Impedance Cardiography

Determination of stroke volume using multidimensional impedance plethysmograms

ECG-, ICG and Phonocardiogram
ECG-, ICG and Phonocardiogram

Background and Objective

Impedance plethysmography (IPG) is a non-invasive method for measuring the electrical resistance of the subcutaneous tissue. With impedance cardiography (ICG) as a special form of IPG, the time-dependent thoracic resistance is measured to estimate hemodynamic parameters such as the stroke volume or the contractility of the heart. However, the determination of absolute stroke volume values is often unreliable and hardly reproducible. This is mainly, because the values are determined  from a 1D measurement of the electrical thoracic impedance. At BMT, we investigate alternative forms of ICG basing on multidimensional impedance measurements for a highly sensitive stroke volume estimation in cardiac diagnostic.

ICG System
ICG System
Model of the cardio-vascular system
Model of the cardio-vascular system

Development

We developed both an IPG-system for the simultaneous mesasurement of three independent impedance signals and a hardware simulator for its calibration. The interface to the computer is provided by multifunctional input/output devices from National Instruments. The acquisition of the data as well as their graphical visualization and analysis are performed by means of a self-developed software program based on a LabVIEW-platform (National Instruments). In additon, we implemented a software compartment model of the cardiovascular system using Simulink (MathWorks). This model allows us to investigate suitable electrode configurations for the impedance measurement on different (orthogonal) trajectories and finally to reconstruct the measured signals to identify their origins.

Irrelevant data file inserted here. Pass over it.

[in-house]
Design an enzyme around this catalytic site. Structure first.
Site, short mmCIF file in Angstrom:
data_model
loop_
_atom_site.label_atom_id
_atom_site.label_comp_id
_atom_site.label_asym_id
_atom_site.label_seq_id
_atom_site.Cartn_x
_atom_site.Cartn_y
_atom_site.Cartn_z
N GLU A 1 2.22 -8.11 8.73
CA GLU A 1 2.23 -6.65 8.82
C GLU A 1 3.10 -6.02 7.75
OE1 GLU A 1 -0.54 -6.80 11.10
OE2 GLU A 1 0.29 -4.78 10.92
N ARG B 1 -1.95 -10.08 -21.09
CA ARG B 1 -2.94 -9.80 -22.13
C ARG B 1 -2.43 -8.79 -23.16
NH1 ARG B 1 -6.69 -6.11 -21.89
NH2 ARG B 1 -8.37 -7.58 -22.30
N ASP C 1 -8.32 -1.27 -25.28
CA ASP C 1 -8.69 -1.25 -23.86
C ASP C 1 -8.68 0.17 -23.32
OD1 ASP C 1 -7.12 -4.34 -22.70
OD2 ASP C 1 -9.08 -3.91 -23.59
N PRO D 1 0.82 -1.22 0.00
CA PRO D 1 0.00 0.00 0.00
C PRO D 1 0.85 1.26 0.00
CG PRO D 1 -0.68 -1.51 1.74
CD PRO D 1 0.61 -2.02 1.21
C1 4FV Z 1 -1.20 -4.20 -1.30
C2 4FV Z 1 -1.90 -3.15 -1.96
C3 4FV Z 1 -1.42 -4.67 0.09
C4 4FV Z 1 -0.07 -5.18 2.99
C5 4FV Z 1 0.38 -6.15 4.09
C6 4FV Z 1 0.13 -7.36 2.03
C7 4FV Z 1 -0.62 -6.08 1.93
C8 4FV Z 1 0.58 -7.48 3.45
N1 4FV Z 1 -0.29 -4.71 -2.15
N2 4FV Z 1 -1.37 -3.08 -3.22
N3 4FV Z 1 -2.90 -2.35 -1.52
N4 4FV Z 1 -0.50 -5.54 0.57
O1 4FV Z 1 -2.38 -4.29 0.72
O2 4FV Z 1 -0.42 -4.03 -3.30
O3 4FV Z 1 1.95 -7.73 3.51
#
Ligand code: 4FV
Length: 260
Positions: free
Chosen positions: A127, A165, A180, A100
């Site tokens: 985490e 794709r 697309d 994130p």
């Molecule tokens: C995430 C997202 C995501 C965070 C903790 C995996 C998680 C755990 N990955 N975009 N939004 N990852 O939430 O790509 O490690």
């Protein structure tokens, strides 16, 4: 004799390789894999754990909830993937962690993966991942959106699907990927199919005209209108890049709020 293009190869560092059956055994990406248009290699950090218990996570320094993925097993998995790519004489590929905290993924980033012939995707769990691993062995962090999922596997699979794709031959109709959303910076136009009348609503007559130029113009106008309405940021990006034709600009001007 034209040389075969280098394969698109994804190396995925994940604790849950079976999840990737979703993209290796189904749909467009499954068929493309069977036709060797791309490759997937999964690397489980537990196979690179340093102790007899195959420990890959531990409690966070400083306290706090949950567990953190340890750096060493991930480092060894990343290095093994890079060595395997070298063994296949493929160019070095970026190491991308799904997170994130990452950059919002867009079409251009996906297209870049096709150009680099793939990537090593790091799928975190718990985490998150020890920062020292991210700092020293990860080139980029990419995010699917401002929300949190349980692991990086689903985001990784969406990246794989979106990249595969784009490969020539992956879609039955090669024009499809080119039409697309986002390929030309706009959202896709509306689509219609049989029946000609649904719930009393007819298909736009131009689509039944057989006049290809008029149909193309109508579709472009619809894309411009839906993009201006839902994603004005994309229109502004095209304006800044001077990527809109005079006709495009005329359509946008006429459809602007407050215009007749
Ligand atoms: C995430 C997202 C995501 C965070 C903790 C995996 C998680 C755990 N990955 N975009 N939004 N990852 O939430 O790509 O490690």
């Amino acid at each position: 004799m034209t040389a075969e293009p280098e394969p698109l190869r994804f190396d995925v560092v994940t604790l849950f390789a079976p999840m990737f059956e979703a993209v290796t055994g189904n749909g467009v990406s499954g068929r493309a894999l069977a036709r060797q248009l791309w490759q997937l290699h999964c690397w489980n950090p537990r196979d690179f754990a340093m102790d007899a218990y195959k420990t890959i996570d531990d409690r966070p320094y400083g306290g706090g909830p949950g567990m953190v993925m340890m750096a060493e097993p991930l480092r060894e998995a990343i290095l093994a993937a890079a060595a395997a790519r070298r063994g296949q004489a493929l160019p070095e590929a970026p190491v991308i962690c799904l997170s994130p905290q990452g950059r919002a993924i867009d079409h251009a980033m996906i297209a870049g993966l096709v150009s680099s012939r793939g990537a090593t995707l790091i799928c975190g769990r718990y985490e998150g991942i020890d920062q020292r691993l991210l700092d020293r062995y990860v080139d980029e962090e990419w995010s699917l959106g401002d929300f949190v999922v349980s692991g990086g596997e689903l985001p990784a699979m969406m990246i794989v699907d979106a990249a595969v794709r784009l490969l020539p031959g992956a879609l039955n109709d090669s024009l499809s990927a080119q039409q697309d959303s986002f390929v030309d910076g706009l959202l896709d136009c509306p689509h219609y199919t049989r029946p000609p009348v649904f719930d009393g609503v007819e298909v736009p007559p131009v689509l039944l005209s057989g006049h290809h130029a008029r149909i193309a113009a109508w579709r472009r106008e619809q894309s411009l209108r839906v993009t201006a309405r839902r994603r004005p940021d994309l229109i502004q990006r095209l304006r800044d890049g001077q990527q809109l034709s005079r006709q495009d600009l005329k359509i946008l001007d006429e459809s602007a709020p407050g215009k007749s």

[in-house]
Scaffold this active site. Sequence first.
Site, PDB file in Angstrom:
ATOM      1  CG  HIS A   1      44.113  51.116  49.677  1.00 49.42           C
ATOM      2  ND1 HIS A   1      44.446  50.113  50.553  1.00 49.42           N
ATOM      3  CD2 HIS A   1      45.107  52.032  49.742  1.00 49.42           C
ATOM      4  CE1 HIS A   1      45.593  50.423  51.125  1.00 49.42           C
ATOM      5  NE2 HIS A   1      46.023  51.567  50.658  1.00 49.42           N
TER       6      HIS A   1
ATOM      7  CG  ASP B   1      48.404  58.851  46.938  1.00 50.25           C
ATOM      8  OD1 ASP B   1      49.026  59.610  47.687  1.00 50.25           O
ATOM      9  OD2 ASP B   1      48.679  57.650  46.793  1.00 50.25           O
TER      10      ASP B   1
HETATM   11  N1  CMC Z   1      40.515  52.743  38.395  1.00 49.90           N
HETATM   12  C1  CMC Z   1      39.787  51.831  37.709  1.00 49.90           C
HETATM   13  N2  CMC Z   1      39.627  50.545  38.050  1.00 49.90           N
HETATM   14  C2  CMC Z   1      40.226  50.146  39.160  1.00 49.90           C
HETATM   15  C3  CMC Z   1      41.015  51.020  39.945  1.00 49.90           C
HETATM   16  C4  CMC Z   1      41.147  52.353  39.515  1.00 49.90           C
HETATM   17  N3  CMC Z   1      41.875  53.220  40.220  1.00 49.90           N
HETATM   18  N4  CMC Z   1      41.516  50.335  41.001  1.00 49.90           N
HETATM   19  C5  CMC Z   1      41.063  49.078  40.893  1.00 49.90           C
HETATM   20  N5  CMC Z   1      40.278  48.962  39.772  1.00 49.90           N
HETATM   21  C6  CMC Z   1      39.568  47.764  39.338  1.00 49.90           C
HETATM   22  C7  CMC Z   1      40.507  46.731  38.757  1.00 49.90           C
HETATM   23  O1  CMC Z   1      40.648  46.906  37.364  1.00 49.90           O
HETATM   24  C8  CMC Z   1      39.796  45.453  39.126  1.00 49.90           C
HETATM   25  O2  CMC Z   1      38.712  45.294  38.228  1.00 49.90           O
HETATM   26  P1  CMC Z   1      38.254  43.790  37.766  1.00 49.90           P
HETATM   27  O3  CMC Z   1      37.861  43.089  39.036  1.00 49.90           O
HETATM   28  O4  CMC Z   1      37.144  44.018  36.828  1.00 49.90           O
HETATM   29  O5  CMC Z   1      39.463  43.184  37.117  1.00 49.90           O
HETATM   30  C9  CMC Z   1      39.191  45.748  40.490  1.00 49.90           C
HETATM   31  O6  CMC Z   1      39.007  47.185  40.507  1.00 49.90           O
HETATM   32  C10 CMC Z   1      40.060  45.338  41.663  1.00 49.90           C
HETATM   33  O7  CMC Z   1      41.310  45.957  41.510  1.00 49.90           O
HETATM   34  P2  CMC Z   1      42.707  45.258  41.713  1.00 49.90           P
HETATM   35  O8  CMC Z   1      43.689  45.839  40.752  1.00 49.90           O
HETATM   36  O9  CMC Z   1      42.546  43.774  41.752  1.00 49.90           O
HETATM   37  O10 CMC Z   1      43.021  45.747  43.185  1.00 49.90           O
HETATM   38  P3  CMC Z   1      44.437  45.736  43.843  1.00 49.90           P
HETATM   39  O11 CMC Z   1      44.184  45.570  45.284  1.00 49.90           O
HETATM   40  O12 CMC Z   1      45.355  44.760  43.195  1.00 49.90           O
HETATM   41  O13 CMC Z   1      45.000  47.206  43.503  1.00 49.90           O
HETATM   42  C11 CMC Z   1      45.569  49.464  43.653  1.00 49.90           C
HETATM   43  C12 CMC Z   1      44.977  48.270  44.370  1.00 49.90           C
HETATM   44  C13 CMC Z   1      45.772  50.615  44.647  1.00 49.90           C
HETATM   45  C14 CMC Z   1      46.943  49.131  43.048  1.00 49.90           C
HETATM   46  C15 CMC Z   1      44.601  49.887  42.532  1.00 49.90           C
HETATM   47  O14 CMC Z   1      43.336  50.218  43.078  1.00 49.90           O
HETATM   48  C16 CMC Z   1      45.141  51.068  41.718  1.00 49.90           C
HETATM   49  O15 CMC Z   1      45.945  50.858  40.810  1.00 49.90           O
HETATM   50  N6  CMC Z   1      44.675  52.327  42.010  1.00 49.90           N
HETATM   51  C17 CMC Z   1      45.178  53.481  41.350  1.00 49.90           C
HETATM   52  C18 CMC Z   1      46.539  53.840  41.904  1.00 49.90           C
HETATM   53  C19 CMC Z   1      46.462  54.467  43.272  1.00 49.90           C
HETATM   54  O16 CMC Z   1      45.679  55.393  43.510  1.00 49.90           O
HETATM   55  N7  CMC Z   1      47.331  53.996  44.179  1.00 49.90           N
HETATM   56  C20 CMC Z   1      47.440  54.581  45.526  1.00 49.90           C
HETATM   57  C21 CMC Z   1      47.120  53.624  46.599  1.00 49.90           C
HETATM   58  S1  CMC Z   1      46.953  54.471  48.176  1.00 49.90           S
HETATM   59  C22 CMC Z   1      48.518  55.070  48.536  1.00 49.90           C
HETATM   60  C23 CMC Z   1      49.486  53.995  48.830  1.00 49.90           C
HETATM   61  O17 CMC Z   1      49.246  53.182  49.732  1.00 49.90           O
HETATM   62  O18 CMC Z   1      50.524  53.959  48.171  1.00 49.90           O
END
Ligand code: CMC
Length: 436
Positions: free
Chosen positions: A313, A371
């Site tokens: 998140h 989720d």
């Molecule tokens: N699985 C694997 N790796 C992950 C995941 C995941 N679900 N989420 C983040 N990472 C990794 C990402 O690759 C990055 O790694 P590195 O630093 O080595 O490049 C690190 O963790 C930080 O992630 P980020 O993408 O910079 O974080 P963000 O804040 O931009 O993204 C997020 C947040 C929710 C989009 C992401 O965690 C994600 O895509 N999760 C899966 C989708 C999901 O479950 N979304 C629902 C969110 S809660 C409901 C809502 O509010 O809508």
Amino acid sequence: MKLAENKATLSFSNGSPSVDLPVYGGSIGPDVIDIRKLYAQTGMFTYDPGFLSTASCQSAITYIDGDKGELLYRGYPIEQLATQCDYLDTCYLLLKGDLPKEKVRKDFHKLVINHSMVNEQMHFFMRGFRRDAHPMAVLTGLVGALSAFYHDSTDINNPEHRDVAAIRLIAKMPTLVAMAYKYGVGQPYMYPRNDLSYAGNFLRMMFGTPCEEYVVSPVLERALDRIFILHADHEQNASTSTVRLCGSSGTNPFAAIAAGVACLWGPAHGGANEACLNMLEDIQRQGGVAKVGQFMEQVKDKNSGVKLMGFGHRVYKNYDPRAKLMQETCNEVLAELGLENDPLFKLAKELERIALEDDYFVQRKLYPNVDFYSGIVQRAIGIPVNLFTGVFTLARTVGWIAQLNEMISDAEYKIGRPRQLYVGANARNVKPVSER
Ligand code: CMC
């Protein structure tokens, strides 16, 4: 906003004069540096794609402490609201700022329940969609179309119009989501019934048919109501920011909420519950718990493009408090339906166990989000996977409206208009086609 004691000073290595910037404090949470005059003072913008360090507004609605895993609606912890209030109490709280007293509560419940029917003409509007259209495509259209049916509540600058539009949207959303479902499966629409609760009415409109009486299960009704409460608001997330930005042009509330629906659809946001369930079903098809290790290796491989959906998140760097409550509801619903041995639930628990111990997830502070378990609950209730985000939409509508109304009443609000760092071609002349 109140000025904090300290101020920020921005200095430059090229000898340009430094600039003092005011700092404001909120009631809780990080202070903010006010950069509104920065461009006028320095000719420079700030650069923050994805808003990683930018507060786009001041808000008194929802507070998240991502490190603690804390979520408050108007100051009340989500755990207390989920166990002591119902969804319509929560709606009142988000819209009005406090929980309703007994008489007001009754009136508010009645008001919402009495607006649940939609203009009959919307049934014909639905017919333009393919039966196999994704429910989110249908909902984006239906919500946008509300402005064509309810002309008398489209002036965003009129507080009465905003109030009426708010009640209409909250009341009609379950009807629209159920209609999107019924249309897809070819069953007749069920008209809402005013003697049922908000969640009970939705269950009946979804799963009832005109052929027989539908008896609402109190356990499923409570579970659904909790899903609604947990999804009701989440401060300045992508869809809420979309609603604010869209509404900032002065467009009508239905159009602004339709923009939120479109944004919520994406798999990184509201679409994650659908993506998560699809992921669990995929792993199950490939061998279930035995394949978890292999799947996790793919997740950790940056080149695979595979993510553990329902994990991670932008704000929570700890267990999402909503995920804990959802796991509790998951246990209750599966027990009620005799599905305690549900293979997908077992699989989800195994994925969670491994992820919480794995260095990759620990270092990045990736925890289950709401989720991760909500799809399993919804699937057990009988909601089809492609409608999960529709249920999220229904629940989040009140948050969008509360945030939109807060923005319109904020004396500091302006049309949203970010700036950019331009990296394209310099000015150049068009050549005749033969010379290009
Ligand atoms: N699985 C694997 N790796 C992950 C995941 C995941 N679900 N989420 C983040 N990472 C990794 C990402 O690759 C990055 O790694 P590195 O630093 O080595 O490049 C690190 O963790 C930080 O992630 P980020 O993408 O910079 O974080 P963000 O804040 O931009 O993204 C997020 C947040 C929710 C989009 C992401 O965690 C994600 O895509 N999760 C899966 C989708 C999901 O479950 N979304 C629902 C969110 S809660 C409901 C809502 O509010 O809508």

Measurement of three orthogonal ICGs
Measurement of three orthogonal ICGs

Investigation

The most challenging tasks are to find the best positions for the electrodes for measuring three orthogonal IPGs, and to derive a suitable alogrithm, with which the stroke volume can be determined reliably and reproducibly. For this purpose, we investigate in experiments different electrode configurations and electrode materials on phantoms and subjects in combination with our software model. We use the obtained data for the reconstruction of the measured signals with our software model in order to identify their sources. From the results we derive an algorithm to determine the stroke volume.

This picture showsJohannes  Port
Dr.-Ing.

Johannes Port

Deputy Head

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